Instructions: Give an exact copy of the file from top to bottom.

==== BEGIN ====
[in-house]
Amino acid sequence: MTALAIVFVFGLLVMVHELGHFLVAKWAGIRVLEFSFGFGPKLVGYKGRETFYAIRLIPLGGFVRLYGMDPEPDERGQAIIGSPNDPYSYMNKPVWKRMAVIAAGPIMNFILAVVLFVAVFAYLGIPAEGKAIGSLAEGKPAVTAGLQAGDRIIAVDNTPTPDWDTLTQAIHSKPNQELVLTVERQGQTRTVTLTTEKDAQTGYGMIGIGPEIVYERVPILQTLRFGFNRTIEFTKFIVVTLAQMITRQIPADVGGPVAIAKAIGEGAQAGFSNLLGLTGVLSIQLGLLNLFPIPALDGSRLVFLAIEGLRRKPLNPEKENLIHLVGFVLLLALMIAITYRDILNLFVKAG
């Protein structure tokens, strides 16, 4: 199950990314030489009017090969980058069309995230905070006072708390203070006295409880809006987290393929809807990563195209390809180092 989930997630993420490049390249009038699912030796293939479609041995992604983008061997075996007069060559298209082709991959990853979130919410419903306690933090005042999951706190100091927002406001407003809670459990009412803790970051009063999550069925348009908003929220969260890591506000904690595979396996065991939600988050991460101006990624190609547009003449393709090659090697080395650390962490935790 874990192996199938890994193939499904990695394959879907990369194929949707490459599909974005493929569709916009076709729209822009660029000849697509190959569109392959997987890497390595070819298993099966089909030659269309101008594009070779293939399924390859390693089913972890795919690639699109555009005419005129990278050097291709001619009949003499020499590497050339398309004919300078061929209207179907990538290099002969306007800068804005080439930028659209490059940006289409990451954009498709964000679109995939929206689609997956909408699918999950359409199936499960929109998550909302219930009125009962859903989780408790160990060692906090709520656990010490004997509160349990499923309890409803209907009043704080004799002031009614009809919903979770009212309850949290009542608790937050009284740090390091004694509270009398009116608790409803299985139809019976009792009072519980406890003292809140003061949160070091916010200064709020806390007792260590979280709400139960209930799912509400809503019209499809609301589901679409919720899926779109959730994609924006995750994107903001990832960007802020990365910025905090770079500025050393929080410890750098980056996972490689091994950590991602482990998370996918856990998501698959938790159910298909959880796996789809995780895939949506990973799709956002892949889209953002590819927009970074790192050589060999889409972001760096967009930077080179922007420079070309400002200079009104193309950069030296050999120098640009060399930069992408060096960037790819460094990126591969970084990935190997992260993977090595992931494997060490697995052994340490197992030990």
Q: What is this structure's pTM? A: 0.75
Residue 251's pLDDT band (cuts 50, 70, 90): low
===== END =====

[in-house]
Amino acid sequence: MTALAIVFVFGLLVMVHELGHFLVAKWAGIRVLEFSFGFGPKLVGYKGRETFYAIRLIPLGGFVRLYGMDPEPDERGQAIIGSPNDPYSYMNKPVWKRMAVIAAGPIMNFILAVVLFVAVFAYLGIPAEGKAIGSLAEGKPAVTAGLQAGDRIIAVDNTPTPDWDTLTQAIHSKPNQELVLTVERQGQTRTVTLTTEKDAQTGYGMIGIGPEIVYERVPILQTLRFGFNRTIEFTKFIVVTLAQMITRQIPADVGGPVAIAKAIGEGAQAGFSNLLGLTGVLSIQLGLLNLFPIPALDGSRLVFLAIEGLRRKPLNPEKENLIHLVGFVLLLALMIAITYRDILNLFVKAG
């Protein structure tokens, strides 16, 4: 199950990314030489009017090969980058069309995230905070006072708390203070006295409880809006987290393929809807990563195209390809180092 989930997630993420490049390249009038699912030796293939479609041995992604983008061997075996007069060559298209082709991959990853979130919410419903306690933090005042999951706190100091927002406001407003809670459990009412803790970051009063999550069925348009908003929220969260890591506000904690595979396996065991939600988050991460101006990624190609547009003449393709090659090697080395650390962490935790 874990192996199938890994193939499904990695394959879907990369194929949707490459599909974005493929569709916009076709729209822009660029000849697509190959569109392959997987890497390595070819298993099966089909030659269309101008594009070779293939399924390859390693089913972890795919690639699109555009005419005129990278050097291709001619009949003499020499590497050339398309004919300078061929209207179907990538290099002969306007800068804005080439930028659209490059940006289409990451954009498709964000679109995939929206689609997956909408699918999950359409199936499960929109998550909302219930009125009962859903989780408790160990060692906090709520656990010490004997509160349990499923309890409803209907009043704080004799002031009614009809919903979770009212309850949290009542608790937050009284740090390091004694509270009398009116608790409803299985139809019976009792009072519980406890003292809140003061949160070091916010200064709020806390007792260590979280709400139960209930799912509400809503019209499809609301589901679409919720899926779109959730994609924006995750994107903001990832960007802020990365910025905090770079500025050393929080410890750098980056996972490689091994950590991602482990998370996918856990998501698959938790159910298909959880796996789809995780895939949506990973799709956002892949889209953002590819927009970074790192050589060999889409972001760096967009930077080179922007420079070309400002200079009104193309950069030296050999120098640009060399930069992408060096960037790819460094990126591969970084990935190997992260993977090595992931494997060490697995052994340490197992030990």
Q: What is this structure's pTM? A: 0.75
Residue 251's pLDDT band (cuts 50, 70, 90): low